Article 43


Saturday, May 19, 2012

Hopelessly Unemployed In 2012


Losing your job at 50 or 60 is not good for your health.  There is compelling evidence that no matter who you compare the older job loser to, he or she does worse physically and mentally.
- William Gallo, Yale University School of Medicine


According to the Wall Street Journal, the average unemployed job hunter searches five months, then gives up.

I’d say that’s about right.  In 2004 I spent four solid months looking - waking up at 5AM to make searching for a job - my mission for 10-12 hours a day, five days a week.

I even went knocking on doors dressed up in my Sunday suit. 

And struck out.

AFTER THAT there was nowhere else to look, and nothing else to do.  So I pretty much GAVE UP, and experienced DEEP DEPRESSION.

Thank goodness for staffing agencies. They kept me semi busy with temp jobs - one for forty five minutes, another for four days, and one for six months - with UNEMPLOYMENT CHECKS IN BETWEEN - until a real job with benefits manifested from pure LUCK about a year and half later.  The small checks, money saved up, credit cards, and refinancing the mortgage gave me enough cashflow to get the bills paid.

Things aren’t as good TODAY. I can’t even land a TEMP JOB, or get UNEMPLOYMENT INSURANCE. And I’m UNDERWATER WITH THE MORTGAGE, so refinancing the house is out.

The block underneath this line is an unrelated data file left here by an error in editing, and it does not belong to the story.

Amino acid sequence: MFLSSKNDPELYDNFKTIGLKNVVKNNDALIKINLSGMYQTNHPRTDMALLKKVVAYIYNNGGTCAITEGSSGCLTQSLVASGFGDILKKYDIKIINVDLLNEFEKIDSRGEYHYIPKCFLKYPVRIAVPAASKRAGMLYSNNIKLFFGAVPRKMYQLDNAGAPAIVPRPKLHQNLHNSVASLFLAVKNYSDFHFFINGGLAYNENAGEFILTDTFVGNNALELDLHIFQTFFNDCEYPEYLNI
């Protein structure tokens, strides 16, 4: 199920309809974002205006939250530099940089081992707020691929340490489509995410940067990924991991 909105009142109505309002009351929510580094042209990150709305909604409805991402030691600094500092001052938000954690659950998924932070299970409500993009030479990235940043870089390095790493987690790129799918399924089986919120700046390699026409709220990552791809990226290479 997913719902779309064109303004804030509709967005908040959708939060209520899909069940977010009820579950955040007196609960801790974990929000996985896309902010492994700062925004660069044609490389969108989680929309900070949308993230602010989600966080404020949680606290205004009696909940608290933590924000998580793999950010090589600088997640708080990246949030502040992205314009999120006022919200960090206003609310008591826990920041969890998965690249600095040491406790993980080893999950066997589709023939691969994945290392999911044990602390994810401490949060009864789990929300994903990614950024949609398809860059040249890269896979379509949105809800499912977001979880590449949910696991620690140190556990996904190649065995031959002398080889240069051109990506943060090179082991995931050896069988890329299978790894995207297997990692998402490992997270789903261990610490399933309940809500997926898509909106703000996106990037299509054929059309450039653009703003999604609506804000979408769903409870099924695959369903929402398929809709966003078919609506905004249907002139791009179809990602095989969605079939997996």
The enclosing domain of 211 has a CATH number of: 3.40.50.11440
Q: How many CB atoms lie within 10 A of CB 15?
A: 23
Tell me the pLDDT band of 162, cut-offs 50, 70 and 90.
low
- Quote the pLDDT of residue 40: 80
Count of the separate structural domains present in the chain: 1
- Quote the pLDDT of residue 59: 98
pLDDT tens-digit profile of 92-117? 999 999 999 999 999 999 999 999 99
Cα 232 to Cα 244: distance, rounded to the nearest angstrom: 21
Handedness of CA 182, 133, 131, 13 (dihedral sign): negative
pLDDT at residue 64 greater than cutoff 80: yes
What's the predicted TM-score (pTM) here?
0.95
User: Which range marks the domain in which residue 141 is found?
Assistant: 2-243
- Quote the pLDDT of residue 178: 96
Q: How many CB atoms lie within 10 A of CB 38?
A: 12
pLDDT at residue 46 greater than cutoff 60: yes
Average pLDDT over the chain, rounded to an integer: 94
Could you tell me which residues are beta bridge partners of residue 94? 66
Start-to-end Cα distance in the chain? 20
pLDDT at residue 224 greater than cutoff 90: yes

Being broke caused some FRIENDS TO DISAPPEAR, when I really need their support.  It happened eight years ago, and again now.  Are they afraid I’m gonna ask for money?

A few others email job hits.  One lady I worked with - WHO GOT LAYED OFF IN 2009 - talked for over an hour, filling me in on what she learned about job hunting the past couple of years.  To those people I’m deeply grateful.

A childhood friend of 40 years won’t sign a JOB CREATION PETITION.  Talk about lack of compassion. NEOCON neantherthal. I’d rather be stabbed in the heart. Less painful.

To keep DEPRESSION, panic attacks, and STRESS in check WHILE WAITING for my retirement savings to run out - I KEEP ACTIVE at the health club, fly up north to visit my elderly mom, and VOLUNTEER helping people WORSE OFF than me.

Psychotherapy for JOB LOSS DEPRESSION and ANTIDEPRESSANTS are OUT OF THE QUESTION, but to help keep my hopes up I religiously splurge on a lottery ticket every Saturday, and still dream about FINDING MY SOULMATE, even though I’m in my 50s.

There’s only so much any of us can control, so I try to be mindful to cherish what I have right now - and live each day as if it were my last. That doesn’t mean fly to Vegas tonight and act irresponsibly by gambling away the house, or think PRAYING TO GOD without filling out job applications is gonna miraculously manifest a great new career.  It means some things are gonna happen regardless of what I do, or how I feel.

Accepting and trusting in the Universe is lot EASIER SAID THAN DONE while WATCHING the world CHANGE.  If UNEMPLOYMENT DEPRESSION doesn’t do me in - INSOMIA may.  Worrying about the future makes for a lot of sleepless nights.  FIVE MILLION OTHER UNEMPLOYED, SUFFERING AMERICANS share my pain, knowing the prospects of regaining meaningful employment are SLIM.

The gym is a real EYE-OPENER to the SEVERITY of the unemployment problem.  I go there the same time every day, and work out alongside the same people, so we all pretty much know eachother.